Fort Smith and Little Rock will soon be home to a public service institute for incoming high school sophomores and juniors, with the program partially supported by the Clinton School of Public Service.
The Noble Institute will provide a summer program modeled on the curriculum at the Clinton School, a University of Arkansas System program based in Little Rock. According to the Wednesday (Mar. 13) statement from the Clinton School, students enrolled at the Noble Institute will participate in “hands-on, collaborative projects that identify and address real-world community challenges.”
Institute courses will be taught by instructors from around Arkansas and Clinton School alumni. The official launch will be in Little Rock from July 8-20, and a second offering will be in Fort Smith from July 22-Aug. 3. The Institute in Little Rock will be held at the Clinton School’s River Market campus. A location has not yet been determined for the Fort Smith program. The application form can be found at this link.
“Clearly the demand exists at the high school level to increase opportunities for engagement,” said Chad Williamson, Institute director, a Clinton School graduate and former high school teacher helping organize and launch the Institute. “Noble Institute will provide a unique environment that will harness the energy of service and entrepreneurship that exists in high school students today.”
Williamson said he expects each Institute class will initially have 16 students — the same number in the first Clinton School class.
Fort Smith businessman Steve Clark admits to being the catalyst for the idea, but was quick to note that Williamson and many others at the Clinton School are making it happen.
“We’re thrilled to partner with Clinton School alumni and it’s exciting for us to see Clinton School graduates elevating the importance of public service among young people,” said Clinton School Dean Skip Rutherford.
Clark’s initial goal was to connect entrepreneurial-minded high school students with a “differentiated approach to the the traditional sit-and-get” form of education. Clark stressed that he supports public schools, but wanted to provide another option for high school students interested in adding unique learning “tools in their toolkit.”
Williamson said Clark’s initial goal is the goal.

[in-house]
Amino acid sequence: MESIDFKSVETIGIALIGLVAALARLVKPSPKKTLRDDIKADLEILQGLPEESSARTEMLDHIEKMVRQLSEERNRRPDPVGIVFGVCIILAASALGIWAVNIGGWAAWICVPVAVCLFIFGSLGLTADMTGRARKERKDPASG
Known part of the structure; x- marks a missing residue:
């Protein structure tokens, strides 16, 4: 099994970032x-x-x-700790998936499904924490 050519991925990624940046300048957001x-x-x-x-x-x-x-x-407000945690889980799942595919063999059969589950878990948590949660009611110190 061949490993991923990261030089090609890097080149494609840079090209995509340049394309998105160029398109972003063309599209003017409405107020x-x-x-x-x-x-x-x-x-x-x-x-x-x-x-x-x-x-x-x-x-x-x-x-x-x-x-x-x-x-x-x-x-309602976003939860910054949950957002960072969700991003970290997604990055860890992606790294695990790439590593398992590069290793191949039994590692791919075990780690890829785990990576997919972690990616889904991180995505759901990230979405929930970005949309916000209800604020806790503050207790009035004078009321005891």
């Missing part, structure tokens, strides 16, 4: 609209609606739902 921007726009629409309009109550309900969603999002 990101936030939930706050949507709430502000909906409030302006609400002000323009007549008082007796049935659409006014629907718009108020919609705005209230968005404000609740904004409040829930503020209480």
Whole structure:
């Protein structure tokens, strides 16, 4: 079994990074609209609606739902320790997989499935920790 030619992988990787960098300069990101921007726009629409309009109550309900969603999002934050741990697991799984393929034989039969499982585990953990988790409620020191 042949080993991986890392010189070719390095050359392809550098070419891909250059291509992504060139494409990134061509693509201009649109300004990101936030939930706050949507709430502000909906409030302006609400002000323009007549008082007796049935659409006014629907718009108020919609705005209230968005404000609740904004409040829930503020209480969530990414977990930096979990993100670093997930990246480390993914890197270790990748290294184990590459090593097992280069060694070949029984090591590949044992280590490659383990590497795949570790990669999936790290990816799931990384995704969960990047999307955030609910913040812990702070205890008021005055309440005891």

“We’re in a very interesting time for high schoolers. And that time is the collaboration between an entrepreneurial mindset in which I, as a student, believe that I can change the world through public service,” Williamson explained.
Some schools now require some form of public service, but Williamson said it’s important for public service to be an opportunity rather than an obligation.
“That is a big, big difference,” Williamson said.
CONVERTING PASSION TO PURPOSE
He also said there is an emerging belief that students today aren’t only problem solvers, they are problem finders.
“We want to help them find that avenue to do something … to help them channel that passion into a purpose,” Williamson explained.
That passion for purpose has been found to lessen by the time students graduate from high school, according to a recent Gallup report.
A Gallup Student Poll released in January found that nearly eight in 10 elementary students who participated in the poll are engaged with school. By middle school that falls to about six in 10 students. And by high school, only four in 10 students qualify as engaged. The survey included nearly 500,000 students in grades five through 12 from more than 1,700 public schools in 37 states in 2012.
“We not only fail to embrace entrepreneurial students in our schools, we actually neutralize them,” according to the Jan. 7, 2013, report by Brandon Busteed, executive director of Gallup Education.
Continuing, Busteed wrote: “Forty-five percent of our students in grades five through 12 say they plan to start their own business someday. That’s a ton of entrepreneurial energy in our schools. Yet a mere 5% have spent more than one hour in the last week working, interning, or exposed to a real business. That would be our economic stimulus package right there. With each year that these students progress in school, not engaging with their dreams and thus becoming less engaged overall, the more our hopes of long-term economic revival are dashed.”
CLINTON SCHOOL EVALUATION
Williamson said the goal is to have two teachers in each class, with students responsible for individual work, and to also work in groups of two and four on public service projects.
“What we’re really trying to accomplish, is, ‘Here is a social problem, what can we do to have a social solution,’” Williamson said.
Input from the first two programs in Fort Smith and Little Rock will be evaluated by Clinton School faculty and students. Williamson also hopes a graduate student in the Clinton School will analyze the Institute as their project, and then make the Institute their “capstone” project in their final year.
“We’re really focused on getting a lot of input and guidance from Clinton School faculty. … We want to make it as tight as possible where everyone, everyone at the school and in the (Institute) program, is benefitting,” Williamson said.
Clark said support from the Clinton School causes him to be optimistic about the program and its potential reach beyond the Arkansas.
“I have every reason to believe this will be very well received. It’s our intention to grow this as rapidly as possible,” Clark said.
Could that expansion one day result in a high school focused on public service?
That’s not the initial goal. Williamson said the “notion of starting a high school based on public service is an awesome idea,” but there is too much debate about the future form of public schools to attempt to package a public service focus into a contemporary high school format.
“I almost wouldn’t want to pigeon hole ourselves into saying we will be a high school,” Williamson said.